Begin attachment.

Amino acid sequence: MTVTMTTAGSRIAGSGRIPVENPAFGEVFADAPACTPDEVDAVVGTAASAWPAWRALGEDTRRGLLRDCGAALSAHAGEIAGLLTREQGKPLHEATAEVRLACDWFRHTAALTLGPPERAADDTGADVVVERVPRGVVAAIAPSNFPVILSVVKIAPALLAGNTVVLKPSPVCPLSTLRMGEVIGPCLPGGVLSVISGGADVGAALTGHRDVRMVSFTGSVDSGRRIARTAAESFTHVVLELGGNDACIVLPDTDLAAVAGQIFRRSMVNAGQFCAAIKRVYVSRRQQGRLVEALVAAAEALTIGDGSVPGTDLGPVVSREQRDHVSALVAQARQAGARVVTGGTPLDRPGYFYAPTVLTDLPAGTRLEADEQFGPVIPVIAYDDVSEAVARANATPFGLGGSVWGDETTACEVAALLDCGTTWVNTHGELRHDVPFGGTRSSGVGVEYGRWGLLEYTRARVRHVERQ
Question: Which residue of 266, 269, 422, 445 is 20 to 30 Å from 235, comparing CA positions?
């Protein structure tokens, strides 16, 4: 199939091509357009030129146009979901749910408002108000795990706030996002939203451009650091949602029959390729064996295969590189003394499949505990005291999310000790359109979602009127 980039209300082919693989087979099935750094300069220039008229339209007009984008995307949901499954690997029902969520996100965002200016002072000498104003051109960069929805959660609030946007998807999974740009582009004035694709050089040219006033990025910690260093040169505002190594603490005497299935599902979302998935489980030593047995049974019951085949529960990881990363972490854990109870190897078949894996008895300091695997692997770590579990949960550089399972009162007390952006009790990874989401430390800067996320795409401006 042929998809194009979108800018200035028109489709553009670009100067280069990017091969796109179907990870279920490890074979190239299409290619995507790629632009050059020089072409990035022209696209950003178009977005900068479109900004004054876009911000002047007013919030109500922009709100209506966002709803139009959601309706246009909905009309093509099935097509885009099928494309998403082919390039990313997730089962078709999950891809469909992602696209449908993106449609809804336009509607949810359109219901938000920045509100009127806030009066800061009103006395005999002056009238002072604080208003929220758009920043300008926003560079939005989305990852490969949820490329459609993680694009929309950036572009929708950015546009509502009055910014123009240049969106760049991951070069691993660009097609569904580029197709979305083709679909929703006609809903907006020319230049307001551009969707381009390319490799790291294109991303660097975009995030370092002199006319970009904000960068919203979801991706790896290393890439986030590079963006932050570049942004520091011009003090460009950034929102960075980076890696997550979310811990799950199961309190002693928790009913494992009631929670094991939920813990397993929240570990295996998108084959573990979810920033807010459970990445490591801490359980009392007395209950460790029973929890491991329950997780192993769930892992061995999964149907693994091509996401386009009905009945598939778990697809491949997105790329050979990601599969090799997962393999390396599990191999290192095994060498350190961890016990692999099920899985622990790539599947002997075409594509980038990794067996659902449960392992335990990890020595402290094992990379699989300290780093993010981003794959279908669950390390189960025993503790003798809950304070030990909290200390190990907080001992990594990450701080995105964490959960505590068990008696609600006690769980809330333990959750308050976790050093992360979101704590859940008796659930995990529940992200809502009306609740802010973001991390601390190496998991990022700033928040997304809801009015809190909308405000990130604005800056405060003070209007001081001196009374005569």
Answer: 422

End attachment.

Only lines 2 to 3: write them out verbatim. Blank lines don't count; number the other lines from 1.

Question: Which residue of 266, 269, 422, 445 is 20 to 30 Å from 235, comparing CA positions?
């Protein structure tokens, strides 16, 4: 199939091509357009030129146009979901749910408002108000795990706030996002939203451009650091949602029959390729064996295969590189003394499949505990005291999310000790359109979602009127 980039209300082919693989087979099935750094300069220039008229339209007009984008995307949901499954690997029902969520996100965002200016002072000498104003051109960069929805959660609030946007998807999974740009582009004035694709050089040219006033990025910690260093040169505002190594603490005497299935599902979302998935489980030593047995049974019951085949529960990881990363972490854990109870190897078949894996008895300091695997692997770590579990949960550089399972009162007390952006009790990874989401430390800067996320795409401006 042929998809194009979108800018200035028109489709553009670009100067280069990017091969796109179907990870279920490890074979190239299409290619995507790629632009050059020089072409990035022209696209950003178009977005900068479109900004004054876009911000002047007013919030109500922009709100209506966002709803139009959601309706246009909905009309093509099935097509885009099928494309998403082919390039990313997730089962078709999950891809469909992602696209449908993106449609809804336009509607949810359109219901938000920045509100009127806030009066800061009103006395005999002056009238002072604080208003929220758009920043300008926003560079939005989305990852490969949820490329459609993680694009929309950036572009929708950015546009509502009055910014123009240049969106760049991951070069691993660009097609569904580029197709979305083709679909929703006609809903907006020319230049307001551009969707381009390319490799790291294109991303660097975009995030370092002199006319970009904000960068919203979801991706790896290393890439986030590079963006932050570049942004520091011009003090460009950034929102960075980076890696997550979310811990799950199961309190002693928790009913494992009631929670094991939920813990397993929240570990295996998108084959573990979810920033807010459970990445490591801490359980009392007395209950460790029973929890491991329950997780192993769930892992061995999964149907693994091509996401386009009905009945598939778990697809491949997105790329050979990601599969090799997962393999390396599990191999290192095994060498350190961890016990692999099920899985622990790539599947002997075409594509980038990794067996659902449960392992335990990890020595402290094992990379699989300290780093993010981003794959279908669950390390189960025993503790003798809950304070030990909290200390190990907080001992990594990450701080995105964490959960505590068990008696609600006690769980809330333990959750308050976790050093992360979101704590859940008796659930995990529940992200809502009306609740802010973001991390601390190496998991990022700033928040997304809801009015809190909308405000990130604005800056405060003070209007001081001196009374005569």